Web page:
Post poll survey predict BJP to cross 120 in Gujarat
 Source : News Bharati English  Date : 17-Dec-2012

Modi Vote

Ahamedabad, December 17 : An estimated 68-69 per cent of 1.98 crore electors cast their votes in the second and final phase of Gujarat polls on Monday and most of the post poll surveys have predicted BJP would cross the tally of 120 seats this time.

"An estimated 68 to 69 per cent voters exercised their franchise in the second phase of polling," a source in the state election office revealed. Like the first phase on December 13 when a record 70.75 per cent voters exercised their franchise, the final phase of balloting in 95 of state's 182 seats too saw a huge voter turnout to decide the electoral fate of 822 candidates including Modi and Shankar Singh Vaghela, a former chief minister.

The higher turnout of 68 percent in the first phase of polling in Gujarat seems to have surprised many people, especially political observers. What does this mean for the fortunes of the BJP and the Congress? The Congress camp, the dominant feeling was that with low polling, and with no emotive issues to bring out the hardcore BJP voter, the core anti-incumbency vote will do the trick. Congress sources believed that a “lower voter turnout will benefit the Congress and a higher voter turnout the BJP”.  Congress was also banking heavily on GPP to play the ‘game changer’ whose strength seems to be over estimated by the media, Dayanand Nene an independent observer of Gujarat elections told NewsBharati.

Today’s higher voting has made it clear that BJP may sweep the Suthern Gujarat, while in Saurashtra it can expect around 47% votes and in Mid Gujarat it can expect its votes to cross 50% mark.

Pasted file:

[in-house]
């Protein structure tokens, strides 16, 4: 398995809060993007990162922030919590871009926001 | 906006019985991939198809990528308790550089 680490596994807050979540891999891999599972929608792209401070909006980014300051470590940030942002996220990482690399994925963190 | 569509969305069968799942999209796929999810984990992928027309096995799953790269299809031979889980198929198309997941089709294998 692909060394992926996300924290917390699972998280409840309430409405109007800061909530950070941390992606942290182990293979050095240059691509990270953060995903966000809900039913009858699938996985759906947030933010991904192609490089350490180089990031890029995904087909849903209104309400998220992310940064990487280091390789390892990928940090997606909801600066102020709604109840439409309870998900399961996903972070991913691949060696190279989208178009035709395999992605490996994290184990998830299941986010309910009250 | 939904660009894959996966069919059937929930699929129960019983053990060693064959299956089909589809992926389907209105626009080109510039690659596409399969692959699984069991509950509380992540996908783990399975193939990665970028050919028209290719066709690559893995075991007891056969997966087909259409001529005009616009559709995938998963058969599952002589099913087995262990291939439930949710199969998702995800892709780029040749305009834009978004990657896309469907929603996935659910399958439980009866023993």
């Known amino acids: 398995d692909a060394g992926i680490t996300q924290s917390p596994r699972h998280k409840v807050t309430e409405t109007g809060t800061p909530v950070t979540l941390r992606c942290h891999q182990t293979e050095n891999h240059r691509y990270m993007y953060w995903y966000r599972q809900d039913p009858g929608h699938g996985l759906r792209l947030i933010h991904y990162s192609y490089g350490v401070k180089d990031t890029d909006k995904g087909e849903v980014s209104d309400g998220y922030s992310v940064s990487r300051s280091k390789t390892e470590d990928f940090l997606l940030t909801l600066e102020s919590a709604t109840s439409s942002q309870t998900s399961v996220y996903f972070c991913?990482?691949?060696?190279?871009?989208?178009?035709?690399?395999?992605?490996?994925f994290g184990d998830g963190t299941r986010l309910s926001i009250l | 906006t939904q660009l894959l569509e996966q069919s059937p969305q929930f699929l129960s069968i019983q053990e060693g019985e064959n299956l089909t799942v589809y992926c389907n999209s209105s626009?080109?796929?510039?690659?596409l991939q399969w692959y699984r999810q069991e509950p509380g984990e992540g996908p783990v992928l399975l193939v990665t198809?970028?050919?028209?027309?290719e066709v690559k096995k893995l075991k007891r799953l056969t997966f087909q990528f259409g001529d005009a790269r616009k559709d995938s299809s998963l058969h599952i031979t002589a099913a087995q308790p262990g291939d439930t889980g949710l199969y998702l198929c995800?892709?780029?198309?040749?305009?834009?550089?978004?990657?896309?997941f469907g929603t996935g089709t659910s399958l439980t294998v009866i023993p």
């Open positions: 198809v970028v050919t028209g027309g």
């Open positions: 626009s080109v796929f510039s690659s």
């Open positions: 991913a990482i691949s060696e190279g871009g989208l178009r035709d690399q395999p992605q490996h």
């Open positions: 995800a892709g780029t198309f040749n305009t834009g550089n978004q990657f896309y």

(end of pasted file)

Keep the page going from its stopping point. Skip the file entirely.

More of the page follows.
In Gujarat election generally the question that is asked is, “Which way will the Patidars swing?” This vote is important. Every time Saurashtra votes, political parties go all out to woo Patels, mostly Leuvas. Patidars are a conglomeration of various sub-castes of Patels, comprise about 20% of the state’s population and have consistently held 20% to 26% of seats in the Gujarat assembly from 1960 onwards. No other social group has held a higher share of seats during this period. Their share of the seats increased from 19.6% to 26% in 1972. BJP’s rise in Gujarat is largely attributed to Patel’s — the community stood by the party in retaliation to former Congress CM Madhavsinh Solanki’s KHAM theory, which created a political axis of Kshatriyas, Harijans, Adivasis and Muslims. A total of 191 Patels are contesting from the three main parties, the BJP, Congress and Gurajarat Parivartan Party (GPP), not counting those contesting from other fringe players like the BSP, SP, JD(U), NCP and others. The statistics suggest that around 60 MLAs in last elections won by a margin of 5000 or less. So if Keshubai’s party is able to make that much of a dent, his job to make Modi perspire, is done.

The ‘teli raja’ or the oil lobby of Saurashtra, largely dominated by Patels, has acted as pressure points on state governments. If they swing Keshubhai’s way, it may result in losses for the BJP. If they don’t, the BJP may sweep the region. The Congress now says the high turnout means Patels and Muslims must have turned out in large numbers to oust Modi.    However, this does not seem to be the reality. There was a perceptible lack of voter anger against Modi, despite some disgruntlement over local grievances. Not all Patels are Leuva Patels, and not all Leuva Patels are anti-Modi. Infact some of the surveys have shown that more than 50% Patel votes are in favour of Modi.

The aspiring younger generation among Patels identifies more with Modi than with Keshubai. And it is this young generation – between 21 to 35 that will play the real ‘game changer’.

After the first phase it was clear that the BJP can win 25 seats, the Congress 10 seats and the GPP 2 seats in Saurashtra. Today with the second phase voting being around 69%, it can be comfortably predicted that BJP would win more than 120 seats in this assembly elections by improving on its 2007 tally of 117.

The seats where last time’s win margin was around 5000 votes and constituences affected by demarcation are the two factors that are needed to be watched closely, as they may affect the actual results.